GENEVA, August 19 /ITAR-TASS/. Head of the International Red Cross in Europe and Central Asia, Loran Korba, is expected to go to Moscow Tuesday for discussing the situation around a convoy of trucks carrying humanitarian aid for the population of war-torn Eastern Ukraine, Anastasia Isyuk, the press secretary of the Red Cross told Itar-Tass.
The convoy of around 270 trucks is currently stuck on the Russian-Ukrainian border.
Korba will hold talks with high-rank Russian officials regarding the Red Cross’s humanitarian activities in Ukraine and in particular on the convoy, Isyuk said.
Monday night, the itinerary of the trip was still in the phase of formation, she said adding that she could not name the officials Korba was going to meet with.
He left Geneva last Thursday and went to Kiev, where from he was supposed to travel to Moscow. However, he returned to Geneva after the talks with Ukrainian officials.
August 12, a column of about 270 trucks with almost 2,000 tons of foodstuffs, water, baby foods, and medical supplies left the Moscow region. It reached the Russian-Ukrainian border in the southern Rostov region August 14 and is there ever since.
Ukrainian and Russian officials coordinated the procedures of cargo inspection at the customs offices and agreed on a joint inspection of each truck by the two countries’ customs officers, after which the trucks would be sealed.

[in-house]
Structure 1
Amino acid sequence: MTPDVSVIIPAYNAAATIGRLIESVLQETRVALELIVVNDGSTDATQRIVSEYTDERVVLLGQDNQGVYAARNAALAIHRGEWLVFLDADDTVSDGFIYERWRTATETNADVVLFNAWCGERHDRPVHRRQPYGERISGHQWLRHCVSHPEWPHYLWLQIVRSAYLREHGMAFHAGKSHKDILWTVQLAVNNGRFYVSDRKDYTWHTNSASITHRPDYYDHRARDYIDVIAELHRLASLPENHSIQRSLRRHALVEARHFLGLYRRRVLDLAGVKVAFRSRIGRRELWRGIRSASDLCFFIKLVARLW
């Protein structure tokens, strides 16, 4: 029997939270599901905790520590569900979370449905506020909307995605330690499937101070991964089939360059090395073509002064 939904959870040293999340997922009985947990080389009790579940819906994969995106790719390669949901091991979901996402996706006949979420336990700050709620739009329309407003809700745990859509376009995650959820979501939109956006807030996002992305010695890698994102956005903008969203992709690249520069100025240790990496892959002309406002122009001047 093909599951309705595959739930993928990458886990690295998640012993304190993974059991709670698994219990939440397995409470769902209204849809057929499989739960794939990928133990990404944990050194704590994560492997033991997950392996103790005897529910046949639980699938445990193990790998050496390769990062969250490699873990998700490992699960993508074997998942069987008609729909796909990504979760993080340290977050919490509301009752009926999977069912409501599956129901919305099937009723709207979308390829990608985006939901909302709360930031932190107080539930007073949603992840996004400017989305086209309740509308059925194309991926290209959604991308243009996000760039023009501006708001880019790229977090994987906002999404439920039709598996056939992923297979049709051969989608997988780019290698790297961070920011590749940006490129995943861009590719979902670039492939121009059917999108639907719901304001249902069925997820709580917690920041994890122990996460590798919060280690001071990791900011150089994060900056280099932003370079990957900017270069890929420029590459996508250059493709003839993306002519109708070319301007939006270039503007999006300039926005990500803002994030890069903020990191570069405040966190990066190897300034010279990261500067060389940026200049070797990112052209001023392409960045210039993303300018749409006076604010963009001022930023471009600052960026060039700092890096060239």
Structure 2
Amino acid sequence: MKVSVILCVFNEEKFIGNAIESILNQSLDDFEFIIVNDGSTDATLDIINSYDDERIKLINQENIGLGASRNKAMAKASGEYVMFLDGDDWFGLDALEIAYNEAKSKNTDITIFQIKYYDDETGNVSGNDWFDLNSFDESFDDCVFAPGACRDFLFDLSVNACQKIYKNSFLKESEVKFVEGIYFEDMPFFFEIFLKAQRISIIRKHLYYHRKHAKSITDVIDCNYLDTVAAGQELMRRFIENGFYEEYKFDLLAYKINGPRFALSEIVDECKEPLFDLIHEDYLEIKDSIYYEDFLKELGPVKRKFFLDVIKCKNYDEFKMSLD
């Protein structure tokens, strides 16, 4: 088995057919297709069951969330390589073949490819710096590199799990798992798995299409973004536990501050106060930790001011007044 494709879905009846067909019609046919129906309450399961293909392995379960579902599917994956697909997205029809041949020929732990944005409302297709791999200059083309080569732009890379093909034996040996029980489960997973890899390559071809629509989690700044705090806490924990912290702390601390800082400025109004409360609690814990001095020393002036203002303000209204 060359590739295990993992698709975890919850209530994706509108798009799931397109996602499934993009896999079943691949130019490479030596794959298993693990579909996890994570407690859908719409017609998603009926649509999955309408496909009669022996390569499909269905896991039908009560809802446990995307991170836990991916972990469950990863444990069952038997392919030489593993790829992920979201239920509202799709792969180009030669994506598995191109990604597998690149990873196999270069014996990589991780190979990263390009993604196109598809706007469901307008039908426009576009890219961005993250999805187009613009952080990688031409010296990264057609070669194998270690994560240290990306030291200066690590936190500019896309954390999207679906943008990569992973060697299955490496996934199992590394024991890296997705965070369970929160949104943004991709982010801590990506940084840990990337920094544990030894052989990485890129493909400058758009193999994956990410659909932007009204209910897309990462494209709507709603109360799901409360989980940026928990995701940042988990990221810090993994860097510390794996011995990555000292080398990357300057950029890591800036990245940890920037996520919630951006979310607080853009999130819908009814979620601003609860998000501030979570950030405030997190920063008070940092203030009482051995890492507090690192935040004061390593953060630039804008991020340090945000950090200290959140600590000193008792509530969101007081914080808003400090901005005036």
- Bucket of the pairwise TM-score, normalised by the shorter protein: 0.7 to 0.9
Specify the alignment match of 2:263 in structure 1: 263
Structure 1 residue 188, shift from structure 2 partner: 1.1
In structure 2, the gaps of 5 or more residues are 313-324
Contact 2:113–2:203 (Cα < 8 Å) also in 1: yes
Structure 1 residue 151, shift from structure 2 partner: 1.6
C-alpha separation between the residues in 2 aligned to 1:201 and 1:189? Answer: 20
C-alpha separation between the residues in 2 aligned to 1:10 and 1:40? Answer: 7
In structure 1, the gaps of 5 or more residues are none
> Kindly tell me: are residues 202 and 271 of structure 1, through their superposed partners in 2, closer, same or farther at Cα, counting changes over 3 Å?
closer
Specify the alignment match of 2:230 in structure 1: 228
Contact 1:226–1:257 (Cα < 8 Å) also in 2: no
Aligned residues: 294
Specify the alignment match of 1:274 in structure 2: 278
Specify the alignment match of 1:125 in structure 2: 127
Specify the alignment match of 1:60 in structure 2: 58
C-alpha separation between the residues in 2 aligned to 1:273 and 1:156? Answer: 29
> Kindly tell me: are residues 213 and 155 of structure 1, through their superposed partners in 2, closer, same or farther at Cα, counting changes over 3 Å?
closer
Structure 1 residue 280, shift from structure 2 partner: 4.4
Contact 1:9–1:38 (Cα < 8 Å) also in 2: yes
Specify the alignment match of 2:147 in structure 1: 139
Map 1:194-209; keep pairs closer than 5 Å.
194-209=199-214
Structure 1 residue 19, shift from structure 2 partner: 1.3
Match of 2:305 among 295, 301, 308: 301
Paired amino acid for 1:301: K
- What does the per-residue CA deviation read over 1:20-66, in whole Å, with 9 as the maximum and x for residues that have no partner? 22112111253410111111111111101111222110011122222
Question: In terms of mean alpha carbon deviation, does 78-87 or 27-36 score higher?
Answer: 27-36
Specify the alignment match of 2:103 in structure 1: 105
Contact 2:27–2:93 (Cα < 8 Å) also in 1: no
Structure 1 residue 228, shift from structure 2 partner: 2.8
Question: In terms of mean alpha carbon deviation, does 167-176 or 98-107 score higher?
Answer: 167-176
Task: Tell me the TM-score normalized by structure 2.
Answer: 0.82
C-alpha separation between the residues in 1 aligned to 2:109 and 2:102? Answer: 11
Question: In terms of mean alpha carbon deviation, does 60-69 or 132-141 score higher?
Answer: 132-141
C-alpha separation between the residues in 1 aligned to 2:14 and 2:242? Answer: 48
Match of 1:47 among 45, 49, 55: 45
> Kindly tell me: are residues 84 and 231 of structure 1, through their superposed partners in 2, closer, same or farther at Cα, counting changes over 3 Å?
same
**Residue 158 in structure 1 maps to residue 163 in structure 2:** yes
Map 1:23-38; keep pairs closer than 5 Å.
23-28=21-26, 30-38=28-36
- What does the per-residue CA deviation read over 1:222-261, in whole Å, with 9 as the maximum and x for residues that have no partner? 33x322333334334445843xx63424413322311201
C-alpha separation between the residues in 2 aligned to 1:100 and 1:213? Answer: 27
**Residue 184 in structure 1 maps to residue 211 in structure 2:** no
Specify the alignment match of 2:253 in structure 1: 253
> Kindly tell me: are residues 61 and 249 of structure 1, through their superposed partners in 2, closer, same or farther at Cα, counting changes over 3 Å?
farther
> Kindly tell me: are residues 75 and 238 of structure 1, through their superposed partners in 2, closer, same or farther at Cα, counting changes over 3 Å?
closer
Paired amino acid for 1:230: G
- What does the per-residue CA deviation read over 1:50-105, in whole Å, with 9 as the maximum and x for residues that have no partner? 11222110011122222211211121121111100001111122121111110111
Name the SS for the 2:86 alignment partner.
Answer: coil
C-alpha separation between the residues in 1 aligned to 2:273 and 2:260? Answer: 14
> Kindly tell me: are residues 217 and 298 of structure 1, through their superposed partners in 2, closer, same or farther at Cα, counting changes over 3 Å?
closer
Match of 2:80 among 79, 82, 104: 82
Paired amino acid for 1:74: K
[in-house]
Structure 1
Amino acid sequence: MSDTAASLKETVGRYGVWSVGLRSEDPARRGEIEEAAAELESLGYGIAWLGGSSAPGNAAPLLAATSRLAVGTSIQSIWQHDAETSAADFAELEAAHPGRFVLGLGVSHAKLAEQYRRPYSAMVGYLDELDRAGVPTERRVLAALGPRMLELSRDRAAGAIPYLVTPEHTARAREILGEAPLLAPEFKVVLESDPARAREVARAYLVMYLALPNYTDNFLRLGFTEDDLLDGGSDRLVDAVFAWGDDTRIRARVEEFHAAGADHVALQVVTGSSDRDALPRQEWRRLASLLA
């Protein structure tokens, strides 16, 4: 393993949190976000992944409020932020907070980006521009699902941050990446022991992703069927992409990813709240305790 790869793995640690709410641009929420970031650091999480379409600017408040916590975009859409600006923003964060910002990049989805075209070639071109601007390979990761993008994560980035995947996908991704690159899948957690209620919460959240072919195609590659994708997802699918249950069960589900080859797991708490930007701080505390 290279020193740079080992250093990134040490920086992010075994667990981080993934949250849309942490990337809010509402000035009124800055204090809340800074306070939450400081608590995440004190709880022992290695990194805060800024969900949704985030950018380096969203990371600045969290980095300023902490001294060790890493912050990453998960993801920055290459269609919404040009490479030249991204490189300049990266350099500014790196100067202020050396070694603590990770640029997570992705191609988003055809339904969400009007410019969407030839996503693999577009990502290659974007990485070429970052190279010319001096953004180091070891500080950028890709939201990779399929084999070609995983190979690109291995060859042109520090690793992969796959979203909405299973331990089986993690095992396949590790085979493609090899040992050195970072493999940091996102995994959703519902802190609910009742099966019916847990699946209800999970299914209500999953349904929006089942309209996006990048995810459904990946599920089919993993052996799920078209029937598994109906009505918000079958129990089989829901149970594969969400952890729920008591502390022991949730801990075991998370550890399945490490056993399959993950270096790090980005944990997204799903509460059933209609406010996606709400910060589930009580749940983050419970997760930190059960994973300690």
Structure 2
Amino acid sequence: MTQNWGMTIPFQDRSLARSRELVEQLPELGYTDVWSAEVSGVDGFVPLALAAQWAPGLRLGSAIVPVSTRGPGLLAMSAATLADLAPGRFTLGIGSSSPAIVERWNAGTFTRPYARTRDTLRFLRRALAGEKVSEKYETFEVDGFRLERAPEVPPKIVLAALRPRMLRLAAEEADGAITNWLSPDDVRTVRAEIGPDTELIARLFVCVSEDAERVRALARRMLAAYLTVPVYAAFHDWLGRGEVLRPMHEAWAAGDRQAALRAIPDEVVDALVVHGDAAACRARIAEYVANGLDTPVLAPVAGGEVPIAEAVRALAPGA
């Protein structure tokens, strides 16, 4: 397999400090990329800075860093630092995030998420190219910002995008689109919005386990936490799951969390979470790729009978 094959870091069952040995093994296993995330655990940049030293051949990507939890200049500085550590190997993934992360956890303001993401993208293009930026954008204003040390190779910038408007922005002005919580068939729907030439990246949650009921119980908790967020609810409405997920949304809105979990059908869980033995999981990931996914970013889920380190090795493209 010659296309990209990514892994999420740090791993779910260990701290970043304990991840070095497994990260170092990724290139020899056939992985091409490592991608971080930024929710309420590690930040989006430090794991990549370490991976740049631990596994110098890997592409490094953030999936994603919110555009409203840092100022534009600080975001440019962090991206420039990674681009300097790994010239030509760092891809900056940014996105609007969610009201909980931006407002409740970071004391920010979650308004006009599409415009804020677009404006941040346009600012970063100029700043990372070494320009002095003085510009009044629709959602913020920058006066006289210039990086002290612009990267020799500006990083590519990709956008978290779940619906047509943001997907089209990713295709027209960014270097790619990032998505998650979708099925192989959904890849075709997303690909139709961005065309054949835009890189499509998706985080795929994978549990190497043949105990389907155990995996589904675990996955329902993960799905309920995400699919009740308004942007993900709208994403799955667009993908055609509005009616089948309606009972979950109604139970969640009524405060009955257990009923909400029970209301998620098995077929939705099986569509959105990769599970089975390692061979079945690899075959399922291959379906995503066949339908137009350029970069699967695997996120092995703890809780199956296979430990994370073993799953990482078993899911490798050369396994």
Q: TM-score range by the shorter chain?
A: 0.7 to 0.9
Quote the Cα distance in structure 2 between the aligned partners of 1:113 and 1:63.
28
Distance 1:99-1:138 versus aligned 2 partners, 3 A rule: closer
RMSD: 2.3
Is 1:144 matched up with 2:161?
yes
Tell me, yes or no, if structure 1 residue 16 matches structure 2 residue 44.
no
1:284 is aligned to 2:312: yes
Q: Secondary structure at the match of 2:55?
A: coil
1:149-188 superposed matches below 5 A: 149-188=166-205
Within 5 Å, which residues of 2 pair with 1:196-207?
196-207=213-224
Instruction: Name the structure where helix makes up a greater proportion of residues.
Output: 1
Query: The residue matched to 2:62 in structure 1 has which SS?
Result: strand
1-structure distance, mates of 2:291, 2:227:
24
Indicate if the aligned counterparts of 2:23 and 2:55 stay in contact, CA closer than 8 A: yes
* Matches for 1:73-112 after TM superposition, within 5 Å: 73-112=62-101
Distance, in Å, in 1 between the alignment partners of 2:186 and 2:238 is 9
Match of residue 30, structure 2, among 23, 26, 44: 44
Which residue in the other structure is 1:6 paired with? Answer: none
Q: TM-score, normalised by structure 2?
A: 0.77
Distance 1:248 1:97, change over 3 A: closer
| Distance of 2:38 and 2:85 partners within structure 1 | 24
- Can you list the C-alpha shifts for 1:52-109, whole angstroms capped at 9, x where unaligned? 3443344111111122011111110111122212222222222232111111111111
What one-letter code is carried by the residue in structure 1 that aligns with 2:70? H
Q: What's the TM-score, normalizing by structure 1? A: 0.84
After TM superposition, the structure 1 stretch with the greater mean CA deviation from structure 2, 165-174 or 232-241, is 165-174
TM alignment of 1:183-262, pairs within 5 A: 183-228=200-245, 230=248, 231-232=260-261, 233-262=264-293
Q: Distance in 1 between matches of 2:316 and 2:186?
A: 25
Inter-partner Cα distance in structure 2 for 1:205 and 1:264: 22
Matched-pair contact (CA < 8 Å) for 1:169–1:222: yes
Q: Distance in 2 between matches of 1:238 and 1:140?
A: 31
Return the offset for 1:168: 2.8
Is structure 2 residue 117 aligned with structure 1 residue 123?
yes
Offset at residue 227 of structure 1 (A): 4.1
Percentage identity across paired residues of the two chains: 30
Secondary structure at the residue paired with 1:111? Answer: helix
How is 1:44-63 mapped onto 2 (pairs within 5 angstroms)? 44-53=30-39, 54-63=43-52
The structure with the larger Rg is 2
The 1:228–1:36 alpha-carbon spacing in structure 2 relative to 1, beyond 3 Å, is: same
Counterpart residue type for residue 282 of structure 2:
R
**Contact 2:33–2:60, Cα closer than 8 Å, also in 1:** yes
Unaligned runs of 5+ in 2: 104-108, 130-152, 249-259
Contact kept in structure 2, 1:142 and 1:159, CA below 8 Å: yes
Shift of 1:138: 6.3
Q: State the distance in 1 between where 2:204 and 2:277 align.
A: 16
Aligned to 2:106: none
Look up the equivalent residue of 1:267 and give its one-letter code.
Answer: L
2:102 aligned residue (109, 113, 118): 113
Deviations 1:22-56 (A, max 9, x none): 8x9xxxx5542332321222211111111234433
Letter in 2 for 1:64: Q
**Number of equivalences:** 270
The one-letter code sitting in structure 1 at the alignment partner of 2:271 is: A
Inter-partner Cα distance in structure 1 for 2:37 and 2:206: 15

They also gave consent to placing Red Cross workers on each truck.
The International Committee of the Red Cross says the main stumbling block now is the absence of guarantees for security of its personnel. The convoy will not get on the move until they the ICRC receives them.
Getting these guarantees is a matter of primary concern for Red Cross as it must be confident that its crews will be allowed to work safely, especially considering the fact it did not give consent to armed escorting of the convoy, Isyuk said.
Korba’s visit to Moscow falls on the World Humanitarian Day. Red Cross officials admit fast delivery of aid would be in the interests of the population of Eastern Ukraine.
Korba admitted last week that people in the Donetsk and Lugansk regions had been extremely hard-hit by the crisis, as freshwater and electricity supplies in those parts of Ukraine had been heavily limited.